Question about genetic operators when inheriting from numpy.

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Rémi Mochon

Aug 21, 2022, 1:34:14 PM8/21/22
to deap-users

I am currently developping a lgp module in deap taking example on the existing gp module (and geppy). This lgp module stands for Linear Genetic Programming. The principle is roughly the same as in gp, but the individuals are not lists of primitives but 2D matrices of integers instead.

I chosed to create my individuals with a class inheriting from ndarray. I did it because some functions (like genetic operators) are, to my mind, cleaner written using numpy instead of a list of lists. I am not an expert in python, so I just findout that numpy arrays (unlike lists) can't be modified in place.

Here is my issue:  when two individuals get involved in a crossover operation, their respective size can change, and since they are numpy arrays, I can't modify them in place. Instead I have to create two new individual instances in the crossover operation and return them. So, for example, if I create two individuals and make a crossover operation with them:

# creating two individuals
ind_1 = toolbox.individual()
ind_2 = toolbox.individual()

# applying crossover operator, may modify the size of both individuals

offspring_1, offspring_2 = crossover(ind_1, ind_2)

Then "ind_1 is offspring_1" in python will return "False". This is because offspring_1, is a new instance of toolbox.individual(). In the gp module, since the individuals are inheriting from lists, the individuals can be modified in place, and I think they are in all genetic operators defined in the gp module. As a result, in gp, "ind_1 is offspring_1" returns "True".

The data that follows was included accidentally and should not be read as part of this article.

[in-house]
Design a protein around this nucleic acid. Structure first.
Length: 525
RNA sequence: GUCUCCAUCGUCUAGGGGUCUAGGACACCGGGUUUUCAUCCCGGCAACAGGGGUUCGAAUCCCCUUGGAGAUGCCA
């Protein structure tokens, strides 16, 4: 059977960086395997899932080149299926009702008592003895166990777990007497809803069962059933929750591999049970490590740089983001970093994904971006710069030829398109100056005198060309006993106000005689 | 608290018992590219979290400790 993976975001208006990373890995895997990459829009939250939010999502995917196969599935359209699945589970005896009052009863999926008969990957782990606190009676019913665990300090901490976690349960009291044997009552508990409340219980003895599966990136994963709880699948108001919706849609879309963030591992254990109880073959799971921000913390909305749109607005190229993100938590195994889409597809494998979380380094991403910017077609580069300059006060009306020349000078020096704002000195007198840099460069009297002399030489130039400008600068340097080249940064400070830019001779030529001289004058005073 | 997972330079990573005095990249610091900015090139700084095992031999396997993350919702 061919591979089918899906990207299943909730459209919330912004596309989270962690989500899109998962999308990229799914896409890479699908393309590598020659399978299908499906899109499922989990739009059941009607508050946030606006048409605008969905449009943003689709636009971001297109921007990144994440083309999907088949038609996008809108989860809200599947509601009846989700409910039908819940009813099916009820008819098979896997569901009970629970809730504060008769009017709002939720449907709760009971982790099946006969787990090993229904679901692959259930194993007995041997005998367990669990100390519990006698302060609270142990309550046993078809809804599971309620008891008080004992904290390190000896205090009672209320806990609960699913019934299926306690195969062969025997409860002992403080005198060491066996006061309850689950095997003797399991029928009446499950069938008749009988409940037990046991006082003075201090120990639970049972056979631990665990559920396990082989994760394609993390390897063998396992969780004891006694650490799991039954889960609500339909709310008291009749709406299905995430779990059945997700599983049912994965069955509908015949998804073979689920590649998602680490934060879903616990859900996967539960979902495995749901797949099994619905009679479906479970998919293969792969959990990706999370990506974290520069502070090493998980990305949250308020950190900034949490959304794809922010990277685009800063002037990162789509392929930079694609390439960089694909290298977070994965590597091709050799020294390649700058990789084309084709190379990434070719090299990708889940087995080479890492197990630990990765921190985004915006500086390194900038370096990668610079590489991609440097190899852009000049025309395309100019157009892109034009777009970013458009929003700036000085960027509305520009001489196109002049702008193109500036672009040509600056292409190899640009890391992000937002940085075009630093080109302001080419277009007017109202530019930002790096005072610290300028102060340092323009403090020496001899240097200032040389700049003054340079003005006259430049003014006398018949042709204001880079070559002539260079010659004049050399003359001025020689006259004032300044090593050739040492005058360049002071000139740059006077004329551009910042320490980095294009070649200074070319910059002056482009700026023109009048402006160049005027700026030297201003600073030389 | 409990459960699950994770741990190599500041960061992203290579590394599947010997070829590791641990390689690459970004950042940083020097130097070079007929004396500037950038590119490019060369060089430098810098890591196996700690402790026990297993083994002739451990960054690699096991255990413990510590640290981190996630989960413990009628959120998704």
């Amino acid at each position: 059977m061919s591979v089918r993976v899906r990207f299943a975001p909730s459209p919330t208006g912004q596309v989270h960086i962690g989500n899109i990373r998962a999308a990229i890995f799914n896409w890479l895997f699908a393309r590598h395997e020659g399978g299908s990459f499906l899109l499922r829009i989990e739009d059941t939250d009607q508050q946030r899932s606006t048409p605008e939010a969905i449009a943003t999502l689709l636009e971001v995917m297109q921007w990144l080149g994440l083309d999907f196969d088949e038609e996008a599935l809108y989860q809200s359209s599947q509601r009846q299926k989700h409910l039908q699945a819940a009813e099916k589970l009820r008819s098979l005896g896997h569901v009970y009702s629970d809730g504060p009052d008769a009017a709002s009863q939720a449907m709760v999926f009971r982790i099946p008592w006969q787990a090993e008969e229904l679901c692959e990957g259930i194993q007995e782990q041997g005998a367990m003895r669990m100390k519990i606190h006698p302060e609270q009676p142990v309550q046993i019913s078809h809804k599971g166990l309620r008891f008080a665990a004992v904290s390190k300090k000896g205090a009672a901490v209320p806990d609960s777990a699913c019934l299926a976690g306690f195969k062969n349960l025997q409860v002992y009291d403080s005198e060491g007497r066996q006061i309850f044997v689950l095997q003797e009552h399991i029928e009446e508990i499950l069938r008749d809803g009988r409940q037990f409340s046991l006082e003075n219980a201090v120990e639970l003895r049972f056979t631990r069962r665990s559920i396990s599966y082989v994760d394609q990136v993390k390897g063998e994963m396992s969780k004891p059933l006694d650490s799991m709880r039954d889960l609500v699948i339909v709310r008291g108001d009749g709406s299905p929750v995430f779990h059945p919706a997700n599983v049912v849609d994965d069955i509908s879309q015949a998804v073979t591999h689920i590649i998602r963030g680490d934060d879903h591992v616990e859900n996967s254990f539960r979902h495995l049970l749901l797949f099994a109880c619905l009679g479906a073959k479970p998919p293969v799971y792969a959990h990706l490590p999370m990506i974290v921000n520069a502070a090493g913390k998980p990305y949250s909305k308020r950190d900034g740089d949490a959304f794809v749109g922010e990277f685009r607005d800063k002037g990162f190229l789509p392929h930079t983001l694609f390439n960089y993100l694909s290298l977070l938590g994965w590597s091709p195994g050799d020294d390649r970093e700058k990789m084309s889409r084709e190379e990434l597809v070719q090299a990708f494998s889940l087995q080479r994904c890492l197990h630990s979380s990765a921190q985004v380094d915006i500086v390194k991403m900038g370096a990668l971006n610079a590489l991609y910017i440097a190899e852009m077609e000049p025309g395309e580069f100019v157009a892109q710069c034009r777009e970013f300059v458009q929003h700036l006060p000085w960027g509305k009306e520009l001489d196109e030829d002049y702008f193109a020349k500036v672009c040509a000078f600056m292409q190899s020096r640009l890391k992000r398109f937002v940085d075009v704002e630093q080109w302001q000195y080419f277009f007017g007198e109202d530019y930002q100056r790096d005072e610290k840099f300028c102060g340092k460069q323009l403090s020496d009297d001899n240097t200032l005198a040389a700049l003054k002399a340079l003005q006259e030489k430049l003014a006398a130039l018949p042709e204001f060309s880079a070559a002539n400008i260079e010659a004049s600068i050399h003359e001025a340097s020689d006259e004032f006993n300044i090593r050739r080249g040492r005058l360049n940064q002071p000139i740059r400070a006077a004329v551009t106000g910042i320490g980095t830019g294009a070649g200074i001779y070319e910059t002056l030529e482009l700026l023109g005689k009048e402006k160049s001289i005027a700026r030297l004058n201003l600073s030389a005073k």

My question: Is it a problem, within deap, to have genetic operators that return new individual instances, or must they modify the individuals in place ?

If it is a problem, then I shall create my individuals as list of lists (to mimic a 2D matrix) instead of using numpy.

I hope I am clear in my explanations. If needed, I can send my code.
Looking forward to an answer ! Best regards.


andrew morgan

Aug 21, 2022, 1:47:06 PM8/21/22
Hello Rémi 

I’m not sure if it helps, but a while back I coded a custom mutation function called  varBornAgain(population, toolbox)   which might be interesting to review.

It’s accepts an individual and returns a completely random genetic individual, that is effectively a new genetic individual.
If I remember - I was experimenting with a "linear migration” rather than a ring migration for island models…and this provided fresh random genes at one end of the line of islands.

Code is here:


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José Antonio Fuentes Tomás

Aug 21, 2022, 7:56:14 PM8/21/22
You can find it how to deal with objects that inherent from Numpy un the oficial DEAP documentation. Check if you are generate a copy of the individuals in the custom crossover operation.

Best regards,


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